Tuesday, May 24, 2005

Ethos, pathos, logos

In the book "The 8th Habit", Stephen Covey talked about the Greek Philosophy of Influence called ethos, pathos, logos. Upon reading it yesterday, it reminded me of a recent event where a draft research output being presented was heavily lambasted by several well-known people in the audience.

The resource team gave a reaction but was not good enough in substance. A lot of it relied on their personal opinion and expertise. It almost reached the point where the reactors obviously showed no confidence on the methodology and reasoning used by the researcher.

Looking back, the team who did the research lacked ethos or credibility. Perhaps, they were not able to package themselves well, in order to be seen as trustworthy, by having the integrity and competence with the work that they do.

During the discussion portion of the forum, as comments and challenges were hurled, the resource team failed to demonstrate pathos or emphaty. They listened but at the same time defend their findings. No step was taken to truly demonstrate the intent to understand the concerns first. Instead, the research team pushed logos or logic immediately. Instead of calming the reactors, it spurred further criticism to the body of work presented.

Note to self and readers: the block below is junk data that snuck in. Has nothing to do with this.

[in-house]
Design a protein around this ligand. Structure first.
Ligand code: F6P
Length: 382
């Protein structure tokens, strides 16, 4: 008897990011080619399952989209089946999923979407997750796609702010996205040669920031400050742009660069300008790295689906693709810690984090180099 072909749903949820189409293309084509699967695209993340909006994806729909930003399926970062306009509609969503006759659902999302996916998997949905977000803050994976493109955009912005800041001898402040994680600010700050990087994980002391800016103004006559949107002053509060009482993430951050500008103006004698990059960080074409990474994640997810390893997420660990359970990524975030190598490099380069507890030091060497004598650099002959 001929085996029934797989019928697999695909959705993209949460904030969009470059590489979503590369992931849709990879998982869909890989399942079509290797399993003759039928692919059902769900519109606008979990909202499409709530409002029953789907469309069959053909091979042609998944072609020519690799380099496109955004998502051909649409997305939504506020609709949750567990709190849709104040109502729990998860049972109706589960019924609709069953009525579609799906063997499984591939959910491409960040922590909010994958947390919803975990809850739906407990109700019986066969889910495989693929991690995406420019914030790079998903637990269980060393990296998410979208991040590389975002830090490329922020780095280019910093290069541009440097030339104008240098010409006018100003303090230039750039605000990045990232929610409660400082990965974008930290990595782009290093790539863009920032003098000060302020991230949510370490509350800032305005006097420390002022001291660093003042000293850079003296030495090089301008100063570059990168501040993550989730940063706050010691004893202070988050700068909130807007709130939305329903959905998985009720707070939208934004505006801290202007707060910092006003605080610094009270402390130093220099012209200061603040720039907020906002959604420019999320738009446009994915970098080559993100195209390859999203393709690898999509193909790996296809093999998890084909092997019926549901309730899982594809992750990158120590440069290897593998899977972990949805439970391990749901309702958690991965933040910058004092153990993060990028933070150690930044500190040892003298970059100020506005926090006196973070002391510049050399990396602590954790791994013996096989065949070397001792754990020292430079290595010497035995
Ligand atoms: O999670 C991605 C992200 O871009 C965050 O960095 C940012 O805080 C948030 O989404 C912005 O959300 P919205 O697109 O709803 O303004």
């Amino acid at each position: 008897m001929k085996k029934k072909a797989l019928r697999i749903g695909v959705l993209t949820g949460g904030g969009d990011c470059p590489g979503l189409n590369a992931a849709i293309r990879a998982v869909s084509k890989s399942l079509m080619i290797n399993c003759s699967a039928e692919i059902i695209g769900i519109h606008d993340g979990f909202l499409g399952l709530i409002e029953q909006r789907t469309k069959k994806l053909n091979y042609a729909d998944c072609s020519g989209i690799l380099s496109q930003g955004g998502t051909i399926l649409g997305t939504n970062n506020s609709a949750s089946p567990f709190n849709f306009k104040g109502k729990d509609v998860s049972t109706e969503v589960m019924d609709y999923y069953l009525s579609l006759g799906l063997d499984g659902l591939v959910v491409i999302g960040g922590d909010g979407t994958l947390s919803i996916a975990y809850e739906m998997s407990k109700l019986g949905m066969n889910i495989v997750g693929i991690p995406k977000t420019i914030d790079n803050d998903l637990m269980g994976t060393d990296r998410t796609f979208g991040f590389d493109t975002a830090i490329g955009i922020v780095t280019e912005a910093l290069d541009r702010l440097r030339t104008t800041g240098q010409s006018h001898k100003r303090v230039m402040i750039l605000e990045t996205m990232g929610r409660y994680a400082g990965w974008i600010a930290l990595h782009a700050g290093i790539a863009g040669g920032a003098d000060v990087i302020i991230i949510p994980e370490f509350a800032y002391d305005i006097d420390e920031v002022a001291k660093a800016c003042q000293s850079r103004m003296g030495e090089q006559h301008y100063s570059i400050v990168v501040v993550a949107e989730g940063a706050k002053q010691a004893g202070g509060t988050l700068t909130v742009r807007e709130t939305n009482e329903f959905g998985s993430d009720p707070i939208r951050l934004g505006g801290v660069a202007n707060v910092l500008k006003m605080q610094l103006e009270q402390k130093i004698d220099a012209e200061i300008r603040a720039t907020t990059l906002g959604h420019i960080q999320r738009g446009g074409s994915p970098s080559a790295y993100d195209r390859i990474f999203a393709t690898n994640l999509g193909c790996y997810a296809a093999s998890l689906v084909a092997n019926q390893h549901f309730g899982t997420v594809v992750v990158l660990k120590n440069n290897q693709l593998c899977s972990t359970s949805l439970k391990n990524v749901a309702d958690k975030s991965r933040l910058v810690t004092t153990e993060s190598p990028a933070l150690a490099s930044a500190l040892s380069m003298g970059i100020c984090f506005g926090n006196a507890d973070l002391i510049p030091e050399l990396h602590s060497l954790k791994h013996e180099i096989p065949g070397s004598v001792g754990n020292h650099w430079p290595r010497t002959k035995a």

The timing and sequence of execution between ethos, pathos, and logos is critical. No amount of pathos and logos will work if the team presenting was not able to establish their ethos first.

Logos, no matter how accurate and relevant, will be vaguely accepted if the participant asking was not given pathos, recognizing how they feel.